Creative Directors from around the world exhibit vast differences and striking similarities in how they see their role and how they came to their profession. As most Creative Directors are in the service of solving problems, the ideas of challenge and overcoming obstacles run deep. Over the past year I’ve interviewed 15 Creative Directors on 3 continents. They work in fashion, branding, advertising, and digitial product design. They’ve helped me create a set of essays and experiments to help myself and others, see their value in their work as they move from Independent Contributor to less-well-defined roles in creativity. This page is the start of many more specific explorations.
To start, let’s reexamine our focus on our “subjects,” be them apparel design, graphic design, copywriting. Our focus on our “subjects” is imperative for understanding. But what does it mean for creativity? Can this subject-focus suppress creativity and even encourage ambiguity around creative professions? The leaders I’ve spoken to have come up in fashion, user experience, advertising, and skateboarding, but all agree they moved beyond the constraints of their original “major.”
In the creative industry we’ve reduced practice to specialization in these “subjects” — expecting only limited awareness of surrounding inputs. For example, the visual design community (from graphic design to digital product design) can often use a “T-shaped” method in evaulation (depicted below) where a designer’s focus is the anchor while other subjects become peripheral.
In the above model, extending our expectation of breadth leads away from the assigned focus. We can argue that this thinking can lead to a binary understanding of subjects themselves — perhaps even a limited understanding of the self. Many creatives are asked “are you a ‘systems-thinker‘ or are you a ‘story-teller‘?” The choice can be excruciating and can limit the very core understading of the interplay between these modes of thought. If we were to bend the metaphorical cross-bar of this “T” we might realize that varying levels of depth across a range of subjects result in unexpected combinations.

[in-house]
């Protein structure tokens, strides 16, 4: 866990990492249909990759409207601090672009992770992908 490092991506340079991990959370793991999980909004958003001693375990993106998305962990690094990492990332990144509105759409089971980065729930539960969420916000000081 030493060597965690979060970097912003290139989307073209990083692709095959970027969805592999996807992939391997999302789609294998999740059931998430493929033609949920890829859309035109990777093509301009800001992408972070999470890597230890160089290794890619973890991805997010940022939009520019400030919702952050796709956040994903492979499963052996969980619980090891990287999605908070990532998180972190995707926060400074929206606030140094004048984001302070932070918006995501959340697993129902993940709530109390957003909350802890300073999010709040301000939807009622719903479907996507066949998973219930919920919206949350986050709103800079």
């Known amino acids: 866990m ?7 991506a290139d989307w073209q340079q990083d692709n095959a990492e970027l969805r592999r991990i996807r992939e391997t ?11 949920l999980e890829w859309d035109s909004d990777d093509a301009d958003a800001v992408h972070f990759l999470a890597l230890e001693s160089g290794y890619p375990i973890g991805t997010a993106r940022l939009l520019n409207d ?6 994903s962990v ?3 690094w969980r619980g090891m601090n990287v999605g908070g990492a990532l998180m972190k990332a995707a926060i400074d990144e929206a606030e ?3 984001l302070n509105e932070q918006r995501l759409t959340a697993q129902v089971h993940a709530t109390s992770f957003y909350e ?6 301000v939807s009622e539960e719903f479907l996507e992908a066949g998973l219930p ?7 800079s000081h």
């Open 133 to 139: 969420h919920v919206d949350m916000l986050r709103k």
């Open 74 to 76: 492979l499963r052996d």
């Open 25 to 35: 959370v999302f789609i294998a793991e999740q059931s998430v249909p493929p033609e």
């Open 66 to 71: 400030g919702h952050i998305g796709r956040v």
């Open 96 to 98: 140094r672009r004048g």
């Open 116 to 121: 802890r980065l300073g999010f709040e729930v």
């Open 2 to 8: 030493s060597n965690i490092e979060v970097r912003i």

We quickly realize in this example that a common binary, math vs. art, is just a perception and our linear understanding of subjects bends. Whether the ends meet and you see poetry in science is up to you. But be it circle or spiral, we no longer see ourselves as a T-shaped practitioner, but a concentric practitioner. This mirrors less the linear, destination-based growth we tend to adopt. Instead it allows us to mirror the rings on a tree. Staying ourselves at the core, but constantly adding, growing in wisdom.
When these intersections happen, from all around our concentric set of interest, skills and passions, it allows us to create connections and more truly represent our unique expertise and personal story. Add to it another layer that goes beyond your job or career, simply your everyday interests, hobbies and identity. The connections begin to light up. Not only making the original T boring by comparison, but creating a unique fingerprint that is impossible to recreate.
This realization, that Creative Directors enter through a specific skill, but rely on their unique identity to become who they are has led to several questions I’ve been exploring. Over the coming months I intend to continue to fomalize the essays and experiments I've begun to develop. I’d love to collaborate with anyone in any industry who sees this exploration as way to break down any barriers of entry into the world of Creative Direction.